• Where is the Superintendent's (or Bobby's) analysis of the projected savings over the current expenditures with each change proposed? What are the one-time costs for implementing the Superintendent’s plan? What would the costs be without the Superintendent’s proposed changes? What are the cost differences between the Superintendent’s plan and those offered by the various constituent districts?

I know. We'll see these answers when hell freezes over.

Friday, January 23, 2009

Remaining Questions for CCSD's McGinley

Dear Superintendent McGinley,

Hundreds of Charleston County parents and taxpayers came together over the last month to develop alternatives to the original School Redesign proposals explored at five district community meetings called by you. Three districts prepared alternative plans, and the two other affected districts made uniform comments in response to your plans.

With your revised redesign plan announced on Wednesday, you offered no evidence to the public that you gave any of these plans or comments the attention and consideration that they deserved. You also have not responded to the individuals who submitted these comments and plans to you in good faith.

If "stakeholders'" comments and outcomes of the community meetings are to be summarily dismissed, why did the Charleston County School District, in the middle of its budget crunch, spend so much money on them?

Thursday, January 22, 2009

CCSD Board Chair Green Satisfied with Five Closures

Spokesperson for Gregg Meyers, Toya Hampton-Green, allowed as how CCSD Superintendent McGinley's five school closures are okay with her [see Five Schools Recommended for Closing]:

School board Chairwoman Toya Green wanted to wait until the board meeting to discuss specific recommendations, but she said the superintendent did what the board asked, that the proposal was well thought out and that she felt comfortable with the recommendations.

"We have some tough decisions to make, and unfortunately there's nothing feel good about figuring out how to save money and cut positions," she said.

The schools recommended for closure share four characteristics: declining enrollment, excess building capacity, persistently struggling academic achievement and high per-pupil costs.

I can think of a fifth shared characteristic.

According to CCSD Chief Financial Officer Mike Bobby, the projected shortfall of $28 million will be well served by a savings of $5.3 million from these closures. Does that saving include the costs involved from the closures themselves? Where's the other $22 million coming from?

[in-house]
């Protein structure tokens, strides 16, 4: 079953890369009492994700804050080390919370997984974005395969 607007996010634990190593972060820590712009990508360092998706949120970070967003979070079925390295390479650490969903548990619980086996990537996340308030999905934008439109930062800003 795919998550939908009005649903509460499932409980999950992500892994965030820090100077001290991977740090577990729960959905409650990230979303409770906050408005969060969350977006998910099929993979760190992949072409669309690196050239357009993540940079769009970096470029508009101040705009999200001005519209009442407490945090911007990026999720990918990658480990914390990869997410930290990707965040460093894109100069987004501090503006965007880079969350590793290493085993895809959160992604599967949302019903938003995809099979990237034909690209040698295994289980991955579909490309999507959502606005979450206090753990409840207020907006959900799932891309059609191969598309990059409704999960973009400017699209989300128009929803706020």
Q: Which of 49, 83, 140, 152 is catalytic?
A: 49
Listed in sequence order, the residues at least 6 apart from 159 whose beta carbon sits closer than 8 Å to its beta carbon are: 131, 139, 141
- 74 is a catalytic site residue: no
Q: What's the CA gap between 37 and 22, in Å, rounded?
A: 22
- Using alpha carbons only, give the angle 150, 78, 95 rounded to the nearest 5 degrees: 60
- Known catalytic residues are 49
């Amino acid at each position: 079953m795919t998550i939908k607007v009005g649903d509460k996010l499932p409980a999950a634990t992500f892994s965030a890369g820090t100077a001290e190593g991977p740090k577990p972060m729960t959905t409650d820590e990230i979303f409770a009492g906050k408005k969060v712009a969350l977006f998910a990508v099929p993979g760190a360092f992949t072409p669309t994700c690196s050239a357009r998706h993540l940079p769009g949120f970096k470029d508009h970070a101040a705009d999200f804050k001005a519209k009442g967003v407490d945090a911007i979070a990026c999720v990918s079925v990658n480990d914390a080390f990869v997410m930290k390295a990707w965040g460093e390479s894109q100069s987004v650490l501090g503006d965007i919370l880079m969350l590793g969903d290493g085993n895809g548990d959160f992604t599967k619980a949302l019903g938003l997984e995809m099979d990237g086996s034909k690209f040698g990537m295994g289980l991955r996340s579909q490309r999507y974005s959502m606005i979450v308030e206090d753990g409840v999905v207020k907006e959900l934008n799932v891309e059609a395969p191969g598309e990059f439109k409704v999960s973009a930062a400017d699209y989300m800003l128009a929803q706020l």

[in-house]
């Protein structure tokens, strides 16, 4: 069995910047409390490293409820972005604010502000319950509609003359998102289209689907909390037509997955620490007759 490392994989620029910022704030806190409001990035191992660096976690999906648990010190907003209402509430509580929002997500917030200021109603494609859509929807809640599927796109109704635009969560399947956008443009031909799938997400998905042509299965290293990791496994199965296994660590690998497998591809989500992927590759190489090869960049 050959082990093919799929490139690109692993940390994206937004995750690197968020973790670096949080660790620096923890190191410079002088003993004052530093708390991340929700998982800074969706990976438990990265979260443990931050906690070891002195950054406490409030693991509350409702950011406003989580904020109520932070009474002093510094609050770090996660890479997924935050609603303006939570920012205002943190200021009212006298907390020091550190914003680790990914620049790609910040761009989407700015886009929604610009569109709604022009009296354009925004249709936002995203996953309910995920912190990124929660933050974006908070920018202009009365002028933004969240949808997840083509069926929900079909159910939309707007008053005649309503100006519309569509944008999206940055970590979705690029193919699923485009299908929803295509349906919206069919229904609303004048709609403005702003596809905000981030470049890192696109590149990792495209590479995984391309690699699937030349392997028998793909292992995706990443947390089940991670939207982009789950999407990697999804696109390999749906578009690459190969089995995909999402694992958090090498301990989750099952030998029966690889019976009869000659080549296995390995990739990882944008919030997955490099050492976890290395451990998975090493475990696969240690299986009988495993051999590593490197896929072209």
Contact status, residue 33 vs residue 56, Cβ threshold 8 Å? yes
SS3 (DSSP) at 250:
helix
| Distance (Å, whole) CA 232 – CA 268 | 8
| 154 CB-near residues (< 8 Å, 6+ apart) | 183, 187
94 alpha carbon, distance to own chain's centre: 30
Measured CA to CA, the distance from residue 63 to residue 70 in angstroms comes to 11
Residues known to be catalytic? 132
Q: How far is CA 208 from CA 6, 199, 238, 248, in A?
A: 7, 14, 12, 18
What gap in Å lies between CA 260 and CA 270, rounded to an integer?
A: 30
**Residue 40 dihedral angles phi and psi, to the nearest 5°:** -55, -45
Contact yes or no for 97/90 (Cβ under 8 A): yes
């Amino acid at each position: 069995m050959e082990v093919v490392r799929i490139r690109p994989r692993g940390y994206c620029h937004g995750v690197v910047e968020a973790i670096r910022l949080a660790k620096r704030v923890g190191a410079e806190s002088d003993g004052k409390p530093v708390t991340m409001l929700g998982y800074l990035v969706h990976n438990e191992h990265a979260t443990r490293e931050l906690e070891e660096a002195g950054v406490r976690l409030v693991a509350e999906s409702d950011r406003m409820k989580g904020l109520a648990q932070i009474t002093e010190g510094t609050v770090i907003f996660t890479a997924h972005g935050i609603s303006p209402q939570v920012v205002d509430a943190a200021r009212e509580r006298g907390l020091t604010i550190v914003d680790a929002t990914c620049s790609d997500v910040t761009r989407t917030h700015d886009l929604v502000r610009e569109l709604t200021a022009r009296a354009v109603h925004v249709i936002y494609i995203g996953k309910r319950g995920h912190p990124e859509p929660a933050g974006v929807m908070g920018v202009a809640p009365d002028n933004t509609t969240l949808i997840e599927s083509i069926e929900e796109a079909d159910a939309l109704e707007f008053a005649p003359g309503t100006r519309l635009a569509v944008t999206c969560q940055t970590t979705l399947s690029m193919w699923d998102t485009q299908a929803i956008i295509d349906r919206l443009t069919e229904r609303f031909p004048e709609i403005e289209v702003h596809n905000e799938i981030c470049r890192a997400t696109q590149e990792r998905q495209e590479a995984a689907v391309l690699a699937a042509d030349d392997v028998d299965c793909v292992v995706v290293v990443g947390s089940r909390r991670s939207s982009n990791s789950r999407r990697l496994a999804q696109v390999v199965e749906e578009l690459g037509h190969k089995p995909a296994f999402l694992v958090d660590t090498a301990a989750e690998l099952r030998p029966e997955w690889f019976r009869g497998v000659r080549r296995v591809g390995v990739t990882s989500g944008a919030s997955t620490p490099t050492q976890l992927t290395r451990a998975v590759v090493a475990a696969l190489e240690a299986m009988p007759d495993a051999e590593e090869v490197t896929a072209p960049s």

Show us how you arrived at these figures--or is that too much transparency?

Wednesday, January 21, 2009

Other Shoe Drops on Five CCSD Schools

Anticlimactic. That's when the final result doesn't match up to the sturm und drang that preceded it. Was Charleston County Schools Superintendent Nancy McGinley's aim "to frighten the audience or imbue them with extremes of emotion," as the the nineteenth-century literature of sturm und drang attempted? If so, she has succeeded.

Now in the calmer aftermath, what have the Superintendent and School Board accomplished?
  • They've convinced rural schools that their days are numbered;
  • They've temporarily taken the focus from "seismic upgrades";
  • They've convinced many taxpayers of their plan to continue to sell land and buildings strategically to pay for operating expenses;
  • They've spent tens of thousands on facilitators for meetings;
  • They've proved that "transparency" is not in their dictionary.
I'm not going to shed any crocodile tears over the closure of the middle schools--McClellanville, Brentwood, and Schroder Middle. Middle schools are a form of educational torture that rates right down there with water-boarding.

CCSD has also telegraphed the merger of Fraser and Sanders-Clyde so many times in the last few years (does anyone dare to bring forward the name of the former "joint" principal?) that its being closed comes as no surprise--it's been set up for it. Let's do keep an eye on what happens to that piece of land where it sits, folks.

And Charlestown Academy seems to have had the least vocal support from residents of North Charleston, even as its seventh and eighth grades have excelled. Squeaky wheels, etc.

Maybe one of you can shed light on the murky process of how these closures will solve the school budget's shortfalls.